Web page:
Tuesday, September 15, 2009

Operating Environment

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i. Operating or Target Environment:

The hardware that supports a language has a great impact on language design. Languages, as a mean to solve a problem, are part of the overall technology that is employed. The external environment supporting the execution of a program is termed its operating or target environment.

In computing, an operating environment is an environment in which users run application software, whether by a command-line interface or a graphical user interface. An operating environment is usually not a full operating system but is a form of middle ware that rests between the OS and the application.

ii. Host Environment:
The environment in which a program is designed, coded, tested and debugged is called host environment. Host Environment may be different from the operating environment in which the program ultimately used.

A quiet host environment is important because it protects enclosures used as narration environments from outside noise. It is also the work site for monitors and frequently the work site for reviewers. The task of monitoring and reviewing requires continuous, concentrated attention to acoustical details, and noise in the host environment affects how well that task can be accomplished. The host environment should be free from airborne noise and structure-borne noise.

iii. Batch Environment:
The earliest and simplest operating environment consists of external files of data. A program that takes a set of data files as input processes the data and produces a set of output data files. This operating environment is termed as batch-processing. In batch processing, the input data are collected in batches on files and are processed in batches by the program.

Languages such as FORTRAN, COBOL, and Pascal were initially designed for batch-processing environments, although they may be used now in interactive or in an embedded-system environment. The 80-column punch card which is developed by Herman Hollerith is used in the 1890 U.S census, was the ubiquitous sign of computing in the 1960's.

In a batch processing environment, an error that terminates execution of the program is acceptable but costly because often the entire run must be repeated after the error is corrected. In this environment, no external help from the user is immediately handling or correcting the error is possible. Thus, the error and exception handling facilities of the language emphasize error/exception handling with in the program so that the program may recover from most errors and continue processing without terminating.

Batch processing environment is the lack of timing constraints on a program. The language usually provides no facilities for monitoring or directly affecting the speed at which the program executes.

iv. Interactive Environment:
In an Interactive Environment, a program interacts directly with a user at a display console during its execution, by alternately sending output to the display and receiving input from the keyboard or mouse. Word processing systems, spreadsheets, video games, database management systems are examples which is used in Interactive Environment.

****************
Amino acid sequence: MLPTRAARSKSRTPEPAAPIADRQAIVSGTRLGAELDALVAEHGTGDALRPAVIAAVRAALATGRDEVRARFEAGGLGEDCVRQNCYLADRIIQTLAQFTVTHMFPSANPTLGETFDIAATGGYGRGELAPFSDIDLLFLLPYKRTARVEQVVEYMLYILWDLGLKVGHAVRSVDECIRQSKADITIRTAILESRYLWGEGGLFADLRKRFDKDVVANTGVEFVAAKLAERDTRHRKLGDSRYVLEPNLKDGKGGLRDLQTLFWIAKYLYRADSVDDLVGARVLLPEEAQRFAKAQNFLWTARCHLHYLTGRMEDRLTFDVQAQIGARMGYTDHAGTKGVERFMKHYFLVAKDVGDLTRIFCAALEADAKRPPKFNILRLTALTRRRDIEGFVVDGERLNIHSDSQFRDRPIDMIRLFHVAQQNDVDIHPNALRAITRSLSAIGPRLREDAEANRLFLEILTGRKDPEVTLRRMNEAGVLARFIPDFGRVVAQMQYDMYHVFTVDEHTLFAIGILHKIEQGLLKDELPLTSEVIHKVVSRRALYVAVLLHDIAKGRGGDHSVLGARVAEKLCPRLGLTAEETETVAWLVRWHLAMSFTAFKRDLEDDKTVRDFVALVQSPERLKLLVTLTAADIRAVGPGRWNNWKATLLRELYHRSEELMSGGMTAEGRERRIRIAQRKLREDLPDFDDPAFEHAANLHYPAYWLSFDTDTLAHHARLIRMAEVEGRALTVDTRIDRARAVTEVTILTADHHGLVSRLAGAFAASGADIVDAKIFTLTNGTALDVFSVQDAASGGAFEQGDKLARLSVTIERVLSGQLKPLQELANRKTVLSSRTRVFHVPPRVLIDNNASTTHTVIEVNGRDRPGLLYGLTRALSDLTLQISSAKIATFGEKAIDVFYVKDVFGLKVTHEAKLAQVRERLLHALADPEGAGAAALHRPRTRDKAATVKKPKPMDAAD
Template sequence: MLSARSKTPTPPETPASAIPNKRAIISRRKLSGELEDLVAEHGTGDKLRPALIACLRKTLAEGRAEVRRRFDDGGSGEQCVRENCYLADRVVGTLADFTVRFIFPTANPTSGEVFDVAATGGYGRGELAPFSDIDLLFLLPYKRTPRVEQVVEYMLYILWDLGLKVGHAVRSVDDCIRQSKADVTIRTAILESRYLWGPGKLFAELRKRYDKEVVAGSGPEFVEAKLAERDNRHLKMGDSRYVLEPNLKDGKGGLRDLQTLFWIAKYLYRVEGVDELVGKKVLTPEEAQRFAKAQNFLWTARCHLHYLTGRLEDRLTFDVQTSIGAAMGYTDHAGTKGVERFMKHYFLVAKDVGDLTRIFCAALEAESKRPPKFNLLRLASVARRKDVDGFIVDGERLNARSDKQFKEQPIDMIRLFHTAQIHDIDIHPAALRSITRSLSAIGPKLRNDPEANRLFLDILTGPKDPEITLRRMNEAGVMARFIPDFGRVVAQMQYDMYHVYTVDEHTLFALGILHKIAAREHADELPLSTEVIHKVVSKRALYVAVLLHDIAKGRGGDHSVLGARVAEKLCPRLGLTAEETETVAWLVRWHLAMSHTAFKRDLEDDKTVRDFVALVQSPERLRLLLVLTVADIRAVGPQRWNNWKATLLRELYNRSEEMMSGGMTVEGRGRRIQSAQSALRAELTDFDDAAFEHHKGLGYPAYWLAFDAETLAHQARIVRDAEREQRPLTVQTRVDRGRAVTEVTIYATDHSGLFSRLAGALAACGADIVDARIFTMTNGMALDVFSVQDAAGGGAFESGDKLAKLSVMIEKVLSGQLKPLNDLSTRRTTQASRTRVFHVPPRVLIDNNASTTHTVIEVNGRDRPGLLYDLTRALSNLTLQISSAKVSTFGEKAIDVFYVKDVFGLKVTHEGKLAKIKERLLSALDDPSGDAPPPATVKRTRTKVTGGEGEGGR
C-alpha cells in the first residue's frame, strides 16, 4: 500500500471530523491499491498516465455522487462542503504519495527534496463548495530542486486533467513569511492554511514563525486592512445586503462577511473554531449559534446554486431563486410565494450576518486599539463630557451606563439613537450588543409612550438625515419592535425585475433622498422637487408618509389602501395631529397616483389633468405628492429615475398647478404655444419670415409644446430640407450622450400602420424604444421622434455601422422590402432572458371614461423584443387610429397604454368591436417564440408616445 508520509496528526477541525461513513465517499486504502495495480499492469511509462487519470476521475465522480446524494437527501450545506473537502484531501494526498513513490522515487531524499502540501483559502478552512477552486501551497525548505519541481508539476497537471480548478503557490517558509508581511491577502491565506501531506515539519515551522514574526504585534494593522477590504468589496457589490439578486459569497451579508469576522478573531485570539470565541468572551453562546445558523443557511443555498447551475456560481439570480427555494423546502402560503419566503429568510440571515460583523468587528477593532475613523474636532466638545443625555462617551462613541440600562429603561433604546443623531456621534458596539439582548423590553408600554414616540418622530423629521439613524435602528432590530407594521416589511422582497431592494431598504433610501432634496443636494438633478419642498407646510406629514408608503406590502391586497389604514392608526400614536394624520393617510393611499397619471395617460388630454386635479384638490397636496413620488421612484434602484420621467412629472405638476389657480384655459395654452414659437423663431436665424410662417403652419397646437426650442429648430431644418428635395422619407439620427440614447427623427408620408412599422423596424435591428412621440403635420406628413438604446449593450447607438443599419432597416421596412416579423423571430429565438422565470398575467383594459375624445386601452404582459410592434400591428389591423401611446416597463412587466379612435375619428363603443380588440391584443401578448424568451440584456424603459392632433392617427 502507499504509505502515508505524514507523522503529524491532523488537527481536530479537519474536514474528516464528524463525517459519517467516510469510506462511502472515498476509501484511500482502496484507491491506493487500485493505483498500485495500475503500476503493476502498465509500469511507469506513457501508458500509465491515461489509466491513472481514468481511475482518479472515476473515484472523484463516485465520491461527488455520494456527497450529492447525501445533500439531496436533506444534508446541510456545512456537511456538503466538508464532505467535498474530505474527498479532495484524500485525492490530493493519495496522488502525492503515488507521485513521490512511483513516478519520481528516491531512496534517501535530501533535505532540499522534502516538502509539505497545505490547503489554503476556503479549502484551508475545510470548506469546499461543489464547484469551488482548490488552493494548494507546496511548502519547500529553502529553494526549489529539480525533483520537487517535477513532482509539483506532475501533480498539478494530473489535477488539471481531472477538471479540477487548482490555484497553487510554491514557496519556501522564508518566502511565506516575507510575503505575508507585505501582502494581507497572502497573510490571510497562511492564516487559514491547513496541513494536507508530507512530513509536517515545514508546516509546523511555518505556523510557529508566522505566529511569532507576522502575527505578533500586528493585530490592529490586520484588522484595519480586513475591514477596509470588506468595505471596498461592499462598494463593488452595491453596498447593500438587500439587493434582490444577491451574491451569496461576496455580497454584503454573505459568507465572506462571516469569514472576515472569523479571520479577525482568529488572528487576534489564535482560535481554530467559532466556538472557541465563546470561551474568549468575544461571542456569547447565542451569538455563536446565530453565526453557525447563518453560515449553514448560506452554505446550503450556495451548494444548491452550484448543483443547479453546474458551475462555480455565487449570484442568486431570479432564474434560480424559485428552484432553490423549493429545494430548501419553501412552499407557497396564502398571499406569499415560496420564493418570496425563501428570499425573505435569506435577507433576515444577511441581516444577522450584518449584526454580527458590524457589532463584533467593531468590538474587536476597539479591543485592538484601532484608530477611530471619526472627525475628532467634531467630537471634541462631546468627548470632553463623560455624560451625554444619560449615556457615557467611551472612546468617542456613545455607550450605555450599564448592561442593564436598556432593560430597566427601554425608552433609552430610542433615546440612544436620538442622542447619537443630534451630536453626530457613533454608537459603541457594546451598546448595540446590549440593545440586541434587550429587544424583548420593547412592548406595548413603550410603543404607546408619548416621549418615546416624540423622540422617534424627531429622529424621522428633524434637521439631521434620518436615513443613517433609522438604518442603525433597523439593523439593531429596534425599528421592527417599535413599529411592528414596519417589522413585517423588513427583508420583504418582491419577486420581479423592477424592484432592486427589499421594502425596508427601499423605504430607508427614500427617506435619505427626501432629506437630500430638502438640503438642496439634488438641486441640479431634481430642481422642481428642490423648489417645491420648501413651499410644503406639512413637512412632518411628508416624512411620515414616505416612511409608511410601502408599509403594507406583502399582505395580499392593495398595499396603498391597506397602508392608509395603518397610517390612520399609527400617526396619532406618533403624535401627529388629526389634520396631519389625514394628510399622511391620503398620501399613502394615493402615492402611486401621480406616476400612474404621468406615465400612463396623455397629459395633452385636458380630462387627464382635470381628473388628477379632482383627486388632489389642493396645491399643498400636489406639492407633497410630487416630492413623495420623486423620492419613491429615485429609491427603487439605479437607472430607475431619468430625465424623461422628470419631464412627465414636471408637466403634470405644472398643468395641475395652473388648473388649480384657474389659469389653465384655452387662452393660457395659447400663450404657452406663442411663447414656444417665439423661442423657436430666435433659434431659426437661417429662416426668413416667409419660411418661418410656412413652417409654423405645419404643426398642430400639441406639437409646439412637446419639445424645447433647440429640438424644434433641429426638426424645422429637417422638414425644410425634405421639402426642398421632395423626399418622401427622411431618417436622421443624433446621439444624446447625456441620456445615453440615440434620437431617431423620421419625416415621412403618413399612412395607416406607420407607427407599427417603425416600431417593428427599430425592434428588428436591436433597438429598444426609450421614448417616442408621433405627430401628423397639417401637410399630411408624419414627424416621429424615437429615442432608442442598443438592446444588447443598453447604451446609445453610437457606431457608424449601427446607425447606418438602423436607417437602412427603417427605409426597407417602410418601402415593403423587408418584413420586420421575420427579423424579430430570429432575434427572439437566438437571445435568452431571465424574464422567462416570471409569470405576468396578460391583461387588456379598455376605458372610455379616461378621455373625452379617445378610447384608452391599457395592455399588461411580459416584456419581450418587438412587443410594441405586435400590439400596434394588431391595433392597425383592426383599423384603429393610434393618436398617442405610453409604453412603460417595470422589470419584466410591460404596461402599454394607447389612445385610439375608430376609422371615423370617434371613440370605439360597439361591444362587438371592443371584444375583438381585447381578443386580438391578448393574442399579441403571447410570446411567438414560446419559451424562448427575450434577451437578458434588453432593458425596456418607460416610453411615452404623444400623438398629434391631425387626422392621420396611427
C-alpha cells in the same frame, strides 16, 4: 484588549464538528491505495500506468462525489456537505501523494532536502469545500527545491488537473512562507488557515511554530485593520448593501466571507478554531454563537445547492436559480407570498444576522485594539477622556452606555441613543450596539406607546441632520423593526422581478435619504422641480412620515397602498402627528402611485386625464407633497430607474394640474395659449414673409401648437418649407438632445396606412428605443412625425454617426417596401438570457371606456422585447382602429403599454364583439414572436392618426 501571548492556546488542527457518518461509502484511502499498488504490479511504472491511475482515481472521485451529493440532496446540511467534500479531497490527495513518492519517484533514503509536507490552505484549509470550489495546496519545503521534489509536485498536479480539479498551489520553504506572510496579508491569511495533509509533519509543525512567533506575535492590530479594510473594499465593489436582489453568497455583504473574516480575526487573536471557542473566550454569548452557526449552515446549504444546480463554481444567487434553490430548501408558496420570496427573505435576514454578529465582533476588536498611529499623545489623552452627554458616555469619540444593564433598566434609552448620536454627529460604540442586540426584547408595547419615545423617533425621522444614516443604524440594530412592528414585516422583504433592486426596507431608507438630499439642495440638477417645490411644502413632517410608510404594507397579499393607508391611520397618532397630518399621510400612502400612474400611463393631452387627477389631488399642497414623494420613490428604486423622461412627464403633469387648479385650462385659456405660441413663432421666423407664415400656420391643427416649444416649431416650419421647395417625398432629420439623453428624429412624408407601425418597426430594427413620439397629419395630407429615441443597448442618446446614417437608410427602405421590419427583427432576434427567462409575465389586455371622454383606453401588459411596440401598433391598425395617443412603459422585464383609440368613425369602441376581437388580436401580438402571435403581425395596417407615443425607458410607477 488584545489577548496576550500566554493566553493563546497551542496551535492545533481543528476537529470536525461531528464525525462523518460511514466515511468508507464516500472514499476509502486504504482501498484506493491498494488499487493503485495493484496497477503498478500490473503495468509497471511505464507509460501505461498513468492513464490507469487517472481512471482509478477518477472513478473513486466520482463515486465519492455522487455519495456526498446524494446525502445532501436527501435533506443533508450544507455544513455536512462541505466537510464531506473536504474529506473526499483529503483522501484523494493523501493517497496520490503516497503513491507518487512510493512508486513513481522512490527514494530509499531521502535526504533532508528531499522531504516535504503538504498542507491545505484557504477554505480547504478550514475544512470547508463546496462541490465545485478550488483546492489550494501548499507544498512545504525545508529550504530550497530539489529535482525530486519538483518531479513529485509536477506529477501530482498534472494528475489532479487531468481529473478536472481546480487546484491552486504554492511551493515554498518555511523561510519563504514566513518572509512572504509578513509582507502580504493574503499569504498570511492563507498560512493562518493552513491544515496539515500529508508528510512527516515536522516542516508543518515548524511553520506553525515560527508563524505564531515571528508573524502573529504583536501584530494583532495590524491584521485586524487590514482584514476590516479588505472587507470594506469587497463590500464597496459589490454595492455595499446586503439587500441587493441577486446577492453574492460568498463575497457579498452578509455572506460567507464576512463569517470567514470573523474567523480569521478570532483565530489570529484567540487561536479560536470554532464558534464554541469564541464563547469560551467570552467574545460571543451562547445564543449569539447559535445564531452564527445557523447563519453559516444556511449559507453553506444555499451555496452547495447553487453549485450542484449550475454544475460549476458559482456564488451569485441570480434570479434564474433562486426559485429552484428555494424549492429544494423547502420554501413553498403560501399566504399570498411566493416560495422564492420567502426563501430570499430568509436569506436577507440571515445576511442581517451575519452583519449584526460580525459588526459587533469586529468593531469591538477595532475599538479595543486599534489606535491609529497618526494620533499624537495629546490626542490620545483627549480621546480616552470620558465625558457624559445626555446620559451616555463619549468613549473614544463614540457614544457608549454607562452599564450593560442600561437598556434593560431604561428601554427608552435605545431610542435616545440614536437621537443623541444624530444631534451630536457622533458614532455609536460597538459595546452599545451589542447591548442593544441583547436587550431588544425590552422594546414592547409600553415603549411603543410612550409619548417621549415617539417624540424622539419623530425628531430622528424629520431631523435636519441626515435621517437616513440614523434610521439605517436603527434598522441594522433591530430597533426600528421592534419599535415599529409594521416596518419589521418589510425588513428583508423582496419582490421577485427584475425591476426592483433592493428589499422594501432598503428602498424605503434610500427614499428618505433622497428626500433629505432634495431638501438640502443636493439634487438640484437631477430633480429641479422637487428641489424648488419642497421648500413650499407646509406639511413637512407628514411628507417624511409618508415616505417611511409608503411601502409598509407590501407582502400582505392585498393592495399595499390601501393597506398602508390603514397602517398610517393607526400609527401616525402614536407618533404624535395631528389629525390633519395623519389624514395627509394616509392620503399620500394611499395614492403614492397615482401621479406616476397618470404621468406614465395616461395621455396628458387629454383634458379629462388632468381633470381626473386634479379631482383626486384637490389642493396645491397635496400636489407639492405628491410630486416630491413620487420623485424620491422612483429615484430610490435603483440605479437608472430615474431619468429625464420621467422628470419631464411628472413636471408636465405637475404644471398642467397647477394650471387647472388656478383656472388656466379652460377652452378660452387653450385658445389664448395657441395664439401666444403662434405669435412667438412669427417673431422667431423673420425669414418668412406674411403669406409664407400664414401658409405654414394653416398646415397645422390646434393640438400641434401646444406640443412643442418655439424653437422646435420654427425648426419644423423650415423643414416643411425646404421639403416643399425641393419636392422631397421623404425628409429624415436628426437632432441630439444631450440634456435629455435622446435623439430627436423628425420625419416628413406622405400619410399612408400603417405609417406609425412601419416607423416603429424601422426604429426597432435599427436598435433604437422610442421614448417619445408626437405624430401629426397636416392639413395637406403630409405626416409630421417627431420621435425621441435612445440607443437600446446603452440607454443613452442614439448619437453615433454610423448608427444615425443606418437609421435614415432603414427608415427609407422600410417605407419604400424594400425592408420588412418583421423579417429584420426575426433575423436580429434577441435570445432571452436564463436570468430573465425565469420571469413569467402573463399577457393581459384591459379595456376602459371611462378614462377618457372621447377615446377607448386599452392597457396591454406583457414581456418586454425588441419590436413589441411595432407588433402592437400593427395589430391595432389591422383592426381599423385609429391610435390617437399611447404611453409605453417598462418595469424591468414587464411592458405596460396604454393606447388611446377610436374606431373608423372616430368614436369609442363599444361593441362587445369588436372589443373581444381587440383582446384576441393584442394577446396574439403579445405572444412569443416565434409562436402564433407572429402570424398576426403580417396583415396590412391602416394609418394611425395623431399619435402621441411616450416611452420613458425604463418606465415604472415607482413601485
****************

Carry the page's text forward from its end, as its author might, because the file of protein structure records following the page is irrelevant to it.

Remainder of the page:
The characteristics of interactive I/O are sufficiently different form ordinary file operations that most languages designed for a batch processing environment experience so difficulty in adapting to an interactive environment.

Error handling in an interactive environment is given different treatment. If bad input data are entered from a keyboard, the program may display an error message and ask for a correction from the user. Language features for handling the error within the program are of lesser importance. Unlike batch processing, termination of the program in response to an error is usually not acceptable.

Interactive programs must often utilize some notion of timing constraints. An interactive program that operates so slowly that it cannot respond to an input command in a reasonable period is often considered unusable.

v. Embedded-system Environment:
A computer system that is used to control part of a larger system such as an industrial plant, an aircraft, a machine tool, an automobile, or even your toaster is termed an Embedded Computer System.

Programs written for embedded systems often operate without an underlying operating system and without the usual environment of files and I/O device. Instead, the program must interact directly with nonstandard I/O devices through special procedures that take account of the peculiarities of each device. Access to special devices is often provided through language features that give access to particular hardware registers, memory locations, interrupt handlers, or subprograms written in assembly or other low-level languages.

Error handling in embedded systems is of particular importance. Ordinarily, each program must be prepared to handle errors internally, taking appropriate actions to recover and continue.

Embedded systems almost always operate in real time. i.e. the operation of larger system within which the computer system is embedded requires that the computer system be able to respond to inputs and produce outputs within tightly constrained time intervals.

Finally, an embedded computer system is often a distributed system composed of more than one computer. The program running on such a distributed system is usually composed of set of tasks that operate concurrently, each controlling or monitoring one part of the system.

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